A phase 3 trial of Novartis’ QMF149 in patients with uncontrolled asthma has met its primary endpoint. Novartis showed the drug combination is better at improving lung function than an inhaled corticosteroid (ICS) alone, giving it a boost as it heads toward an approval decision in the EU.
QMF149 features an ICS, mometasone furoate, plus a long-acting beta agonist (LABA), indacaterol acetate. The idea of combining an ICS and LABA is well established. GlaxoSmithKline’s Advair and Breo, AstraZeneca’s Symbicort and Merck’s Dulera all contain an ICS and a LABA. And, in some cases, have been around long enough that they now face generic competition.
The phase 3 results shared by Novartis provide scant insights into whether QMF149 can carve out a niche in a competitive field. The trial enrolled patients whose asthma remained uncontrolled despite treatment with a medium or high-dose ICS or low-dose ICS-LABA combination. Participants received either a medium or high dose of QMF149 or a medium or high dose of an ICS.
After 26 weeks, patients on QMF149 experienced a statistically significant improvement in lung function, as measured by FEV1. The trial design, plus lack of data shared to date, make it impossible to tell whether another medium or high-dose ICS-LABA combination would have performed as well. Novartis also reported success against secondary endpoints, including one that looked at the effect of QMF149 on the ACQ-7 Asthma Control Questionnaire.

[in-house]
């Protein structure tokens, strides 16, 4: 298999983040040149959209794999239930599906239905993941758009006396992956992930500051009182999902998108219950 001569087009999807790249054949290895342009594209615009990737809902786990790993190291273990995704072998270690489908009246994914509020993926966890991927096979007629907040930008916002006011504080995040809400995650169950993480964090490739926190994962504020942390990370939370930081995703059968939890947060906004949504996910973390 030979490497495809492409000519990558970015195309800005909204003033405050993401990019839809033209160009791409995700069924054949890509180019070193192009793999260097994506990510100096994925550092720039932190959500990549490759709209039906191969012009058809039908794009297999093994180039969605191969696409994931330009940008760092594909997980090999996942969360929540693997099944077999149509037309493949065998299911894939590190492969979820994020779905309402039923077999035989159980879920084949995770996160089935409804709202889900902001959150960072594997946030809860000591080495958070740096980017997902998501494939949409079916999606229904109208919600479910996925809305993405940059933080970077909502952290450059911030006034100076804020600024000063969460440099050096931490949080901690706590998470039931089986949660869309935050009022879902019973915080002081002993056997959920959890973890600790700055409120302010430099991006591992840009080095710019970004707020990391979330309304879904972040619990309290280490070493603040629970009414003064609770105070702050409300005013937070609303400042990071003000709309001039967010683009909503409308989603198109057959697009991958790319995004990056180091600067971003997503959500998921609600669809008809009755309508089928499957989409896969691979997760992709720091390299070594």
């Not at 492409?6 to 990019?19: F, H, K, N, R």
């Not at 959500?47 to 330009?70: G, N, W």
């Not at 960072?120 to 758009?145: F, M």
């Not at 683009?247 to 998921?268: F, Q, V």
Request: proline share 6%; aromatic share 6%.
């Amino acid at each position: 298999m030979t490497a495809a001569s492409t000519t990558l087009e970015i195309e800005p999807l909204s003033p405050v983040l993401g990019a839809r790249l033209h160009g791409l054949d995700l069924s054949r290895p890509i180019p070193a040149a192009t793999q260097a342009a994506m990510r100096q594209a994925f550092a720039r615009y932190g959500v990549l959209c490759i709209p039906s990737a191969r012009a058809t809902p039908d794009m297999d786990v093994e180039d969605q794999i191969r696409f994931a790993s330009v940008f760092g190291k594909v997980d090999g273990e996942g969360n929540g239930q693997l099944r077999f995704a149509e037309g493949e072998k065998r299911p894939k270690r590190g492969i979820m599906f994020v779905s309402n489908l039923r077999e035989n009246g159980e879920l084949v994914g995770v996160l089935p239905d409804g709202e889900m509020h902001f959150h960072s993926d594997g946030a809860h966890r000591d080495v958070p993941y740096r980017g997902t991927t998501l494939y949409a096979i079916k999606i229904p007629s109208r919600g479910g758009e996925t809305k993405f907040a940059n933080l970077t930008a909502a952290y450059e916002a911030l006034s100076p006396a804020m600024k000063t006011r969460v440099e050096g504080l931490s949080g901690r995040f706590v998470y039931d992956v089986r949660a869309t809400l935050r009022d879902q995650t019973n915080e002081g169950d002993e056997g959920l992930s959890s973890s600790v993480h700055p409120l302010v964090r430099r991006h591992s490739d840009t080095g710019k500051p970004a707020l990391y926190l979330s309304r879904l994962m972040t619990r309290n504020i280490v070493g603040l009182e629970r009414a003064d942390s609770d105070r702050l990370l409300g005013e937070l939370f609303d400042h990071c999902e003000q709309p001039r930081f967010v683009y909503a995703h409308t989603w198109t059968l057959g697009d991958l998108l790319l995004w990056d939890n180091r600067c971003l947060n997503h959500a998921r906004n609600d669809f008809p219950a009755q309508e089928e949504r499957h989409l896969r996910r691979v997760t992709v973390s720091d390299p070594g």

With the efficacy data unlikely to blow existing drugs, including generics, out of the water, Novartis’ pitch for the market may rest on the dose-confirming Breezhaler device. A Novartis-sponsored study found chronic obstructive pulmonary disease patients prefer Breezhaler to GSK’s Ellipta, and the company’s release to disclose the top-line asthma findings talked up the device.
“If approved, the easy-to-use, dose-confirming, once-daily device adds an additional and important option for clinicians treating asthma. I believe that this new fixed-dose combination has the potential to improve and simplify the lives of many patients with uncontrolled asthma,” Richard van Zyl-Smit, M.D., an associate professor at the University of Cape Town Lung Institute, said in a statement.
Novartis, which shared phase 3 data on low-dose QMF149 in May, has already filed for approval of the drug in the EU, setting it up to conclude a long development program. Back in 2010, Novartis said it planned to file for approval in asthma in Europe in 2014. Novartis opted against starting U.S. development work around the same time.
QMF149 is set to finally come to market as part of a PLATINUM development program that is also looking at QVM149, a triple-combination asthma therapy. QVM149 features a long-acting muscarinic receptor antagonist in addition to the ICS-LABA backbone found in QMF149.